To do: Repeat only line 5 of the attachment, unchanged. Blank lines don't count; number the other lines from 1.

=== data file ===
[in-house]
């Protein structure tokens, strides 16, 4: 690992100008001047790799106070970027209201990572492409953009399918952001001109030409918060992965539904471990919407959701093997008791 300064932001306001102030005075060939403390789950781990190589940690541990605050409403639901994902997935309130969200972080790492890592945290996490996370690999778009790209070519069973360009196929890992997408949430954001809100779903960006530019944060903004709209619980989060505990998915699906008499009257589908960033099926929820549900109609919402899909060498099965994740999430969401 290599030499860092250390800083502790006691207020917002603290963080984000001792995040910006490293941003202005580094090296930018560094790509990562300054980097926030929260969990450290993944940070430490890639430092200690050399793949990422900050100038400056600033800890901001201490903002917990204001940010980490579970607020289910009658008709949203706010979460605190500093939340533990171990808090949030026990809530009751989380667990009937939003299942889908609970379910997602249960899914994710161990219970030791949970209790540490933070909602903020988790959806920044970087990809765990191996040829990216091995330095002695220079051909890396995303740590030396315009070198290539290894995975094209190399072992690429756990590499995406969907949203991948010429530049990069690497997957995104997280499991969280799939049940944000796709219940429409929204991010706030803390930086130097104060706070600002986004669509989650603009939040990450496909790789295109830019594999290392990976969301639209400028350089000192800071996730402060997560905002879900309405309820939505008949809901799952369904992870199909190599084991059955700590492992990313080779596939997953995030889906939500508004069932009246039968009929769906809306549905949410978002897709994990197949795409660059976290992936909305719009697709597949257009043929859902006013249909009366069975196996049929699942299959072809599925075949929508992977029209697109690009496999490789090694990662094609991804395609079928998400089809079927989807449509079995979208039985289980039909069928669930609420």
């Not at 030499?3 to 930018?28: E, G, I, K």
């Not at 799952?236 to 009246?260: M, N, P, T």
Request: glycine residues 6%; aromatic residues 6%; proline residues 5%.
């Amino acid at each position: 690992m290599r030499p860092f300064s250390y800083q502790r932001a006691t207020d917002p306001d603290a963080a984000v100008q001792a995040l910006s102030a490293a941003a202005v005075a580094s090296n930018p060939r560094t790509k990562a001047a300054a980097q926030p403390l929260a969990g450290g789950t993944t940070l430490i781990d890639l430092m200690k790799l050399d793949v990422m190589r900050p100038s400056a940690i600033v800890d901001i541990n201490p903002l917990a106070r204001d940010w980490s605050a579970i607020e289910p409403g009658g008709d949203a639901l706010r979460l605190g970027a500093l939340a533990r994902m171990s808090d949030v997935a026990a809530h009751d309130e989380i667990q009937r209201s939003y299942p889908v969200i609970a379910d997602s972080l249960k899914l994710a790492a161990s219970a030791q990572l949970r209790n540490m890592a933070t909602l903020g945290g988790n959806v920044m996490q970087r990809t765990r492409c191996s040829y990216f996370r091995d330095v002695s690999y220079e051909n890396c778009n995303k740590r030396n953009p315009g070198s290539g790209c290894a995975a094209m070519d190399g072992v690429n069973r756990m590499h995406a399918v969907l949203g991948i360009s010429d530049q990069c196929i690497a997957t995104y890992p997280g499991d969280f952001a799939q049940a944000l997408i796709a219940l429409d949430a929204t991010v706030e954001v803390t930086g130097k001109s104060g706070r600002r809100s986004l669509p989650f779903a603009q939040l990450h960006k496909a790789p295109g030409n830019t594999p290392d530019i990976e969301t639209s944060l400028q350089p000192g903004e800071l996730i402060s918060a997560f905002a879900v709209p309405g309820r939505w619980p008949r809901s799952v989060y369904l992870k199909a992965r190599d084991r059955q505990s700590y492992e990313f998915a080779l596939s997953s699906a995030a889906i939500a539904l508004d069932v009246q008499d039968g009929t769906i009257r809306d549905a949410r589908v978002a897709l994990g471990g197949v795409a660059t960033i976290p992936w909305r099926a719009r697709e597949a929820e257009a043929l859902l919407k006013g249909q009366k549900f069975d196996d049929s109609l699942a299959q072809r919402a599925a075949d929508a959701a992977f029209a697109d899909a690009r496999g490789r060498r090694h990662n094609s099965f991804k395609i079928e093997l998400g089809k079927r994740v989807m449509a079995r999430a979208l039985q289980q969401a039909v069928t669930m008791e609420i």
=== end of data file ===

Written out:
Request: glycine residues 6%; aromatic residues 6%; proline residues 5%.